“On life’s journey, sometimes relationships end for one reason or another and we simply are forced to ‘Turn and Walk Away’.” Wenzel explains the piece “A Night So Cold” as symbolizing “winter, hibernation, the depths of darkness, even the afterlife.”

The tune “Moments Into Years” is about how “our lives are full of moments, but as we get older we realize those moments add up to years and years,” he says, “and the next composition, ‘No Tomorrow,’ is a reminder that eventually time runs out for all of us.” But the second half of the recording is less introspective and more light-hearted (“like when spring and summer come after a hard, cold winter”).

According to Wenzel, “Being ‘Forgiven’ can be a turning point in our lives. When things blossom in the spring it can seem like ‘Colors Dancing.’ Then we might look into someone’s eyes and connect with them which is what ‘Ecstasy Eyes’ is all about. We might go with that person to a ‘Summer’s Dance’ and celebrate just as nature is doing at that time of the year. The couple might be falling in love and ask each other to ‘Walk With Me,’ to take a walk outside and talk with each other and imagine what life might be like with this other person. I close with ‘Luminous Wake, Starlit Sea,’ a lullaby to fall asleep to where you continue your journey in your dreams.”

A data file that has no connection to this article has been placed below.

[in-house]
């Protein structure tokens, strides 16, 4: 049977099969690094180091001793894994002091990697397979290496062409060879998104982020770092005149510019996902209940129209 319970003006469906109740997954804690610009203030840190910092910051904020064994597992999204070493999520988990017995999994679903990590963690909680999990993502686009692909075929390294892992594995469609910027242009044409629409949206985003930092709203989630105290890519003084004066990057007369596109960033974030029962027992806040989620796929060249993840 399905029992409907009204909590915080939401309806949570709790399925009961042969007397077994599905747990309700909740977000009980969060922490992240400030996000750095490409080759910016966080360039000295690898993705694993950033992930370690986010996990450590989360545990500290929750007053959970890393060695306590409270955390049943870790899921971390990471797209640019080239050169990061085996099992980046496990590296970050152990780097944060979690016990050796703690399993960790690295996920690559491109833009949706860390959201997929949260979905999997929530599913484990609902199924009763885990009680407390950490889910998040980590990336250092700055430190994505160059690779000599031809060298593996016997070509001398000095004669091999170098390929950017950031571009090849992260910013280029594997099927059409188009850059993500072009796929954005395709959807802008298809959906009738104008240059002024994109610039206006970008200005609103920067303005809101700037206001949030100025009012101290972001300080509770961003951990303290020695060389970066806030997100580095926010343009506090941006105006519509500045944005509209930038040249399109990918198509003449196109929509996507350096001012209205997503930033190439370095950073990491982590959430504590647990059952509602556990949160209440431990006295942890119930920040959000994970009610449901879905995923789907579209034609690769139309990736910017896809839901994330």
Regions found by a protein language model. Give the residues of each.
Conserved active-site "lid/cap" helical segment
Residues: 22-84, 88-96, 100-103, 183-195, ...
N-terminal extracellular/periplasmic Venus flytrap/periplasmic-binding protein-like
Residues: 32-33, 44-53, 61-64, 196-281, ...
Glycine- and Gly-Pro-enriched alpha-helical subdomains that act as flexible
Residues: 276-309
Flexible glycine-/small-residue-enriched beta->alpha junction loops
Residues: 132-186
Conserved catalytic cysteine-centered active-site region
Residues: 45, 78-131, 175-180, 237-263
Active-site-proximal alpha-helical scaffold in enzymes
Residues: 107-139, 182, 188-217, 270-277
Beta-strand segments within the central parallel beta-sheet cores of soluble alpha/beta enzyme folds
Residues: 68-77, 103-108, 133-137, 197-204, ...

Wenzel spent his childhood in South Haven, Michigan, where he was born and raised. As a boy he divided his time between being outdoors enjoying nature, but also inside playing the piano. “There was always a piano in our house. It was built by my grandfather who worked in a piano factory.”

Tim’s mother played piano and encouraged him to play. He started plunking on the keys when he was three and two years later was taking lessons. Wenzel says, “I was deeply into classical music at first, but later I started being influenced by rock’n’roll and what I heard on the radio.” Initially Wenzel enjoyed Led Zeppelin, the Rolling Stones, Jethro Tull and the Moody Blues, and later U2.

As he got older he began to appreciate new age music (“George Winston and the whole rosters of the Windham Hill and Narada labels”). He also enjoys female singers who incorporate some Celtic sounds -- Loreena McKennitt, Clannad, Enya and Sara McLachlan. Music is Wenzel’s second fulltime career following an initial career in science.